https://formlabs.com/blog/ultimate-guid ... -printing/

I needed a “cage” to limit travel of the autopilot unit during severe accelerations. The AP usually sits on four foam adhesive pads for vibration isolation. The usual outcome in a fixed-wing flight with a bad landing is that the AP tears the foam and travel is limited by the length of the attached wires. I designed an enclosure that would sit over the AP, with room to move around on its mount, but limit its excursions when jolted while still allowing for vibration isolation.
DSC07039resize.JPG
DSC07040resize.JPG

Left image shows the support structure added during the printing process.
Note that the small extension on one end is to hold the plugs captive on the AP, since they are not positively locked on.

Having the VTS on the bench proved a bit cumbersome, especially with the eyebolt stopping me from standing it up. I designed a stand that would take the VTS and support it while I worked on it. I also built in a voltage monitor so I can check battery voltage without getting the multimeter out, and added a switch to be able to have the VTS in active or fixed mode for testing purposes.
DSC07042resize.JPG

Note that the base has two diameters so it can stand the bare assembly or the airframe integrated unit (either way up).

I need to drill the airframe for the mounting points and fin hubs. Since the servos are fitted now I can’t use the same method I used before. I printed up a drill jig on the FDM printer for this one. It just slips directly over the airframe.
DSC07036resize.JPG


Continuing...
Work is progressing nicely. Electronics integration is complete. Testing individual components has commenced.

I'll drop another update shortly :)
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Bench Stand

Postby OverTheTop » Mon Oct 16, 2017 8:39 am

Bench Stand
Some very basic wiring was added to the base, for connection to the VTS.
A momentary pushbutton switch takes care of switching the system between fixed and active modes during bench testing. Having a 3D printed hole to mount it in makes things so easy!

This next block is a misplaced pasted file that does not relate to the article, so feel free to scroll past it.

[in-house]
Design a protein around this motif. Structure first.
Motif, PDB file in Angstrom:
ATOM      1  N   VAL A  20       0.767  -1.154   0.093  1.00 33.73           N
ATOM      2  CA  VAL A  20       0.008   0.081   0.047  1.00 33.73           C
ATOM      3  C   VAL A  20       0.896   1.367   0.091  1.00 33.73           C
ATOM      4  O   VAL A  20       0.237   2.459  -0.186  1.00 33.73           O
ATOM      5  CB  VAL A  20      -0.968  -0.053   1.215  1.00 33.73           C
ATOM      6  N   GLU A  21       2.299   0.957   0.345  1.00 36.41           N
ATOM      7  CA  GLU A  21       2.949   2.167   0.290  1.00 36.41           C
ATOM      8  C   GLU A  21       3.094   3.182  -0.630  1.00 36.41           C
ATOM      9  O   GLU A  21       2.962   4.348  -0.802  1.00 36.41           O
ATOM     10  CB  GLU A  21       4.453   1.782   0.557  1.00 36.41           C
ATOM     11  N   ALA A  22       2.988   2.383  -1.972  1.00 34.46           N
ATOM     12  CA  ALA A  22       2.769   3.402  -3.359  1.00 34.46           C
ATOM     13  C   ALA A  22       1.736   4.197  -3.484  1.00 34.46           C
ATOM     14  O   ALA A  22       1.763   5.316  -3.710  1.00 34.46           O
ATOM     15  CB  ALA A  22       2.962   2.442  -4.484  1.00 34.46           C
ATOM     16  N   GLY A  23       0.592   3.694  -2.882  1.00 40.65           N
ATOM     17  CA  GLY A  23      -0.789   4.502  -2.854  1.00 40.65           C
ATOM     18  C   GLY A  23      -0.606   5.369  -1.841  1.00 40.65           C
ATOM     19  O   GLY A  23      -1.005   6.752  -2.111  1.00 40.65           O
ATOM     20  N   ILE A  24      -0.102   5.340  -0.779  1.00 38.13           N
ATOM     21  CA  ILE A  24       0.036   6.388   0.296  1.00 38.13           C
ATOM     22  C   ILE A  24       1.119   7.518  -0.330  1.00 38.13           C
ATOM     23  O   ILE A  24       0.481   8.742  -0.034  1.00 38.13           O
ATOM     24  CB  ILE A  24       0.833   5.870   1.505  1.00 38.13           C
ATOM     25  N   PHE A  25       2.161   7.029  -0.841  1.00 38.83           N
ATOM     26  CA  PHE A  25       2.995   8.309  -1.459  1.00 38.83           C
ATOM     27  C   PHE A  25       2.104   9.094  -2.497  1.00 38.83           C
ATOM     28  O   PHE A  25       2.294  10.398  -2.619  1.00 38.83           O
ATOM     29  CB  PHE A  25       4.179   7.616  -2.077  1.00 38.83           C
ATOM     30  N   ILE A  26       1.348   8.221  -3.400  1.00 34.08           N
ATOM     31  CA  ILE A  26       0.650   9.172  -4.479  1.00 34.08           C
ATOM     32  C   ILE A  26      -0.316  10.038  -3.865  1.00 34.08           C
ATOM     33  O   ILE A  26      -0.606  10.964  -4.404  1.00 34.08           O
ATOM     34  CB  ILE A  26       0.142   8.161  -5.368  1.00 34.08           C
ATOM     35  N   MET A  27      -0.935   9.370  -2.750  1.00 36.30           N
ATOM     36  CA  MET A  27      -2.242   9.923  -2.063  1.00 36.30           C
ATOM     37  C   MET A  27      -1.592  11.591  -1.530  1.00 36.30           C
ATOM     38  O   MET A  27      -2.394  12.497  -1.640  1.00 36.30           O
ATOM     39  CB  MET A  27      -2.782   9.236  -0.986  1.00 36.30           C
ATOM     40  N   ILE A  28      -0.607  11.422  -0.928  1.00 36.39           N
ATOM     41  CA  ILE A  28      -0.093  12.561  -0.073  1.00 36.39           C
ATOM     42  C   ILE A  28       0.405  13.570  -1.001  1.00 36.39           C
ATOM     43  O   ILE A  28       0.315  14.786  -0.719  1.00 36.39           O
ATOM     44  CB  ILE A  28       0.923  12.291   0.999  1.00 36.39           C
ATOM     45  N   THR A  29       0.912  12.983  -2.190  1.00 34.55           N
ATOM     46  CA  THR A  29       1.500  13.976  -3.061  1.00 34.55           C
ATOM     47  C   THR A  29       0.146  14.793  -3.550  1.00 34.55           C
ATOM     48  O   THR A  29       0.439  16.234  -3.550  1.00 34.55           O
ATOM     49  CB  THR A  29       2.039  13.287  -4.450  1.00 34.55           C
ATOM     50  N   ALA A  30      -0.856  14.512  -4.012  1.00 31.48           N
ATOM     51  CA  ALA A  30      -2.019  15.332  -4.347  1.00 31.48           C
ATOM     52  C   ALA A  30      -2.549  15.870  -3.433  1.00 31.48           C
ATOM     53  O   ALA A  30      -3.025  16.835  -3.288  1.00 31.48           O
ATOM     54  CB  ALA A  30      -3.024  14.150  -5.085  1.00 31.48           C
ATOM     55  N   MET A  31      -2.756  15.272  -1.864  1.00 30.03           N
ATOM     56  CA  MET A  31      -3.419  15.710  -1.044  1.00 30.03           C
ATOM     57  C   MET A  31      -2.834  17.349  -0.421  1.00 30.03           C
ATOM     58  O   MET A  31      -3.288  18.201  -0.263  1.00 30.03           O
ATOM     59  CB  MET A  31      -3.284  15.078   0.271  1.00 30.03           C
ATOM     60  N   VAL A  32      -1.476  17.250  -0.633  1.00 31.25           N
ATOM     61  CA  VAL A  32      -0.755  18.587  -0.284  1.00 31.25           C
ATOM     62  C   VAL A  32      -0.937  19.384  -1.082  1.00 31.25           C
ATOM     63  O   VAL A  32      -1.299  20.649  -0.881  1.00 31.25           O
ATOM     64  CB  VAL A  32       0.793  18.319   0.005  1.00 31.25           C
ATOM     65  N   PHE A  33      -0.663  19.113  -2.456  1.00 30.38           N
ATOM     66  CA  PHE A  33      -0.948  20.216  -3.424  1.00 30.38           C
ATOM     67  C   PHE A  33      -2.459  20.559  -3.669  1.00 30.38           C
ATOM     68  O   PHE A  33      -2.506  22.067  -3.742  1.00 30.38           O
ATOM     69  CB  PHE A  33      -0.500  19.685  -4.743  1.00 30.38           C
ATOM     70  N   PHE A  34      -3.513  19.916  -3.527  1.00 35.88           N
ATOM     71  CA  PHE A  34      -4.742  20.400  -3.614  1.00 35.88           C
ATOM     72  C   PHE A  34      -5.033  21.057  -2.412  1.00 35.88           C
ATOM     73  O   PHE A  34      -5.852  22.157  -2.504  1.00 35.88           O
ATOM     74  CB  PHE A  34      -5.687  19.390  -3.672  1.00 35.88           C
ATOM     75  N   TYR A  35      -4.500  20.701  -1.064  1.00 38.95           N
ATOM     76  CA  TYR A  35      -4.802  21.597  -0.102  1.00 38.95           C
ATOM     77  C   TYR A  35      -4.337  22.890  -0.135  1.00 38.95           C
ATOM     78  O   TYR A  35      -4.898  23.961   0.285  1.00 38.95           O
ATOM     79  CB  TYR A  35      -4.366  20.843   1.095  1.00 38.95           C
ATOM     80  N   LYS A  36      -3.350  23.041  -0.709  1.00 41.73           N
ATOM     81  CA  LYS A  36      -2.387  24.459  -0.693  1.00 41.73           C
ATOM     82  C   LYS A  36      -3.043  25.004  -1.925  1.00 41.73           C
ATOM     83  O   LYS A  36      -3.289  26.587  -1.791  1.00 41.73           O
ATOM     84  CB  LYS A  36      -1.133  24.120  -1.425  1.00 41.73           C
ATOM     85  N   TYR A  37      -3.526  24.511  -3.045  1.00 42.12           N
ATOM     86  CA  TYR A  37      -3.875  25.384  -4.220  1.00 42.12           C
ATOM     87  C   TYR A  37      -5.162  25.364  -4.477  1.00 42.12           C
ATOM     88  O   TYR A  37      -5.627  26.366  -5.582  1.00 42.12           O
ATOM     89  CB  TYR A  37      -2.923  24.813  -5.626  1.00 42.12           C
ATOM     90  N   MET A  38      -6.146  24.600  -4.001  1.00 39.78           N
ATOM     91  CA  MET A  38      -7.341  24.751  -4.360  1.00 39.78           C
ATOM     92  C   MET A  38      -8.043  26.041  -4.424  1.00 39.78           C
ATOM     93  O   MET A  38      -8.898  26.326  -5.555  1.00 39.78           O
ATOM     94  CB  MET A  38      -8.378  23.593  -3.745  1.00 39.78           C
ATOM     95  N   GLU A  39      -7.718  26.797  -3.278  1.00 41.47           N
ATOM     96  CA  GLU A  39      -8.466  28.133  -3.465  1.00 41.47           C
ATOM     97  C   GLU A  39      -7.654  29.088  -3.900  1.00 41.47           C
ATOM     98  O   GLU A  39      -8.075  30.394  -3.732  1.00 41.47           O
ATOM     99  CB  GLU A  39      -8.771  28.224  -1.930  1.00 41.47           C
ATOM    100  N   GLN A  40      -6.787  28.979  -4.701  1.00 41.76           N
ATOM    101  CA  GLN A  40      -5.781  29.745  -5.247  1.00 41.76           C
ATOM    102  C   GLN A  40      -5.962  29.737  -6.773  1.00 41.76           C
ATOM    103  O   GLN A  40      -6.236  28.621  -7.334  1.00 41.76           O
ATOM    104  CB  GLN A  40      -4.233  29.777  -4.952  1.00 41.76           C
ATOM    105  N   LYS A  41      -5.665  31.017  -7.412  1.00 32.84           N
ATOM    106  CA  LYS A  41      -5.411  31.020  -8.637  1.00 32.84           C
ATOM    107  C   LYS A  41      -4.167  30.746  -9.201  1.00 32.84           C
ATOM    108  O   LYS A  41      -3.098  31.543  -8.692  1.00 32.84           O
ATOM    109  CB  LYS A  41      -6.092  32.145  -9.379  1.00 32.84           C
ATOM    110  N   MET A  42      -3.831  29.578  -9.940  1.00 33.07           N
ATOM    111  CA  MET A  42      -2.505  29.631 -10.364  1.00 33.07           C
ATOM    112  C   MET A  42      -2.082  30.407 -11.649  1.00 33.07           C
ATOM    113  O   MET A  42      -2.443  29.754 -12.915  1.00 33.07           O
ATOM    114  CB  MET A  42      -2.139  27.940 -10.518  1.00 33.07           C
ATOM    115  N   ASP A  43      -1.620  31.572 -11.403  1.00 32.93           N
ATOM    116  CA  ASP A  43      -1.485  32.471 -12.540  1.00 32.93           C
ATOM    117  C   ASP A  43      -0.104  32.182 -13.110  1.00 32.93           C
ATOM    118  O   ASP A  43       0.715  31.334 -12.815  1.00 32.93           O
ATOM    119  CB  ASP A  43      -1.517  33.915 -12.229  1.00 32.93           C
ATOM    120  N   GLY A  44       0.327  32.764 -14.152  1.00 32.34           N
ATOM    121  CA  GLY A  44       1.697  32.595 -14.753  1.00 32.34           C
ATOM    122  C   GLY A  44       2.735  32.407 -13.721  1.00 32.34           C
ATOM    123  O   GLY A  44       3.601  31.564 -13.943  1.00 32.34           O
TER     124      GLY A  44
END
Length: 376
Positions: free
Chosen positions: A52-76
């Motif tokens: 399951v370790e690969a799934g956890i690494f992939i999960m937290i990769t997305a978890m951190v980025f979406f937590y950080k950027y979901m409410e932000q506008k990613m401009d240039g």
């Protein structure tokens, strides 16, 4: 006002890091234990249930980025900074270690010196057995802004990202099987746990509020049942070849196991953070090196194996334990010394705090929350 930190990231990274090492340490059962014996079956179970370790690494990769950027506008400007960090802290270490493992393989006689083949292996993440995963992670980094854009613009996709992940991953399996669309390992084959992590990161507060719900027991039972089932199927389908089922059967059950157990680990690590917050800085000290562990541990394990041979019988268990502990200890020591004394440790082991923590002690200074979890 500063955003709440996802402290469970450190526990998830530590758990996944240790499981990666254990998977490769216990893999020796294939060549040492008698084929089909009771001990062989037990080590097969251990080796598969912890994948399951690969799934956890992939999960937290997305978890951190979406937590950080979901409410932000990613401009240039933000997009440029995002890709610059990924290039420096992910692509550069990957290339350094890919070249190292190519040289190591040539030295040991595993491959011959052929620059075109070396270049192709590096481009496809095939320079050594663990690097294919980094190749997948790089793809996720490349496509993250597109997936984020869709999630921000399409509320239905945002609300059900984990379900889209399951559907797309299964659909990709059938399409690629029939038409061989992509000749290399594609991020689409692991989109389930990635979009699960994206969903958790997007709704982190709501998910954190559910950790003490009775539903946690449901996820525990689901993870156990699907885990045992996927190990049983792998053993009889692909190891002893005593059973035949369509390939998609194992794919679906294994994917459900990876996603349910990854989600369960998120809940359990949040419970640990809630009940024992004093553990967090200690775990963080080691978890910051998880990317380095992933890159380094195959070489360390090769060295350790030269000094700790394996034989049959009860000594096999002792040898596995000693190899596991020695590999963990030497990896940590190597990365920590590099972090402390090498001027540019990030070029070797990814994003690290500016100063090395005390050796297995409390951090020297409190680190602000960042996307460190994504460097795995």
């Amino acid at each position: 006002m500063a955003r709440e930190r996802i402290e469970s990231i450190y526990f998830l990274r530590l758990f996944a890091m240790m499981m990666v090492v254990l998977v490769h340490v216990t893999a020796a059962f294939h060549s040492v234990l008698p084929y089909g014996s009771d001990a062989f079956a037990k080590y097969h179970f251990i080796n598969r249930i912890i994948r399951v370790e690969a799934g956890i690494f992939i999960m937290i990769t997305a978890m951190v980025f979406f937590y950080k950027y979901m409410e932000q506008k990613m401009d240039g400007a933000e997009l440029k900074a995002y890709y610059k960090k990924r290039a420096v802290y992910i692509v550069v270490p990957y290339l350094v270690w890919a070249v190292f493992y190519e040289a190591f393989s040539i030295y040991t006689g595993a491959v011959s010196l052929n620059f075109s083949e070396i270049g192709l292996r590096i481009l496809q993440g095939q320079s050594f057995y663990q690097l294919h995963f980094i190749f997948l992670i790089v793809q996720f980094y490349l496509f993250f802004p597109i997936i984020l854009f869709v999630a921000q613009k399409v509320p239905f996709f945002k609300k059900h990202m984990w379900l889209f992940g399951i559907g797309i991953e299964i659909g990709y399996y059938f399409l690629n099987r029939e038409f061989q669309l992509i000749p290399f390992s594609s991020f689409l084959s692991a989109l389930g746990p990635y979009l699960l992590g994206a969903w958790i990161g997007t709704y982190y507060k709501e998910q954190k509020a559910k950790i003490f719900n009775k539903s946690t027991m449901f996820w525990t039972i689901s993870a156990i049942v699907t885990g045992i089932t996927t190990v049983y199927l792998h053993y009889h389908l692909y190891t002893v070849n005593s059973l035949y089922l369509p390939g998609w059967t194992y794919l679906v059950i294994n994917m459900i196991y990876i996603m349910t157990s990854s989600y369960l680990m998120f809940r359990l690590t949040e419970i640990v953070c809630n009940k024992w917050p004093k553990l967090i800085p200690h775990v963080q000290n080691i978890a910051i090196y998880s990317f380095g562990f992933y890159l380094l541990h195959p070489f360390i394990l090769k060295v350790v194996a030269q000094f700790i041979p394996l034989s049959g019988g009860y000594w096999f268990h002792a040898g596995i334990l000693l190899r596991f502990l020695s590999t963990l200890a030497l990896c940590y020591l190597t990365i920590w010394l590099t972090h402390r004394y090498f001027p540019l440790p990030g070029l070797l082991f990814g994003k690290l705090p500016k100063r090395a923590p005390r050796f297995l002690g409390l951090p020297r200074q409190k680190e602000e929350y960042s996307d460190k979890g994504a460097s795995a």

DSC07043resize.JPG
DSC07043resize.JPG (226.58 KiB) Viewed 256 times
DSC07044resize.JPG

OnStand.JPG


A voltmeter module and switch was added to read the two battery voltages. The voltmeter module was glued in place using CA glue. These modules are great for having in place for voltage sanity checks when working on stuff. They can be purchased for $2-$5 on eBay, in whatever color you want. There are a couple of different types. Two-wire and three-wire. The three wire ones I have are good for indicating 0-100V on the input line, and require 5-30V to power them. The two-wire versions just measure their supply voltage and are typically only 5-30V or thereabouts.
Just search for “LED voltmeter module” on eBay
voltmeter.jpg
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Re: Vertical Trajectory System (with some 3D printed parts)

Postby OverTheTop » Fri Oct 20, 2017 7:50 am

TestPlanDone.png


Looking good so far. Now to dial in the required gains...
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Re: Vertical Trajectory System (with some 3D printed parts)

Postby SpaceManMat » Fri Oct 20, 2017 8:56 am

Coming along nicely. You see of TRF that Jim busted a servo?
QRS: 124
AMRS: 32 L2 RSO
Highest Altitude: 10,849 feet
Largest Motor: CTI 1115J530 IM
Current Project: X Wing

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Re: Vertical Trajectory System (with some 3D printed parts)

Postby OverTheTop » Fri Oct 20, 2017 9:34 am

Coming along nicely. You see of TRF that Jim busted a servo?


I did see that. Interesting it gave up the ghost during the flight. Would be nice to know the failure mode.

Something like that is always a possibility. Hopefully it won't bite me!
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Re: Vertical Trajectory System (with some 3D printed parts)

Postby SpaceManMat » Fri Oct 20, 2017 5:24 pm

OverTheTop wrote:
Coming along nicely. You see of TRF that Jim busted a servo?


I did see that. Interesting it gave up the ghost during the flight. Would be nice to know the failure mode.

Something like that is always a possibility. Hopefully it won't bite me!


I imagine it broke a tooth. You should ask him what failed.
QRS: 124
AMRS: 32 L2 RSO
Highest Altitude: 10,849 feet
Largest Motor: CTI 1115J530 IM
Current Project: X Wing

User avatar
OverTheTop
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Re: Vertical Trajectory System (with some 3D printed parts)

Postby OverTheTop » Mon Oct 23, 2017 6:02 pm

Showing Restraint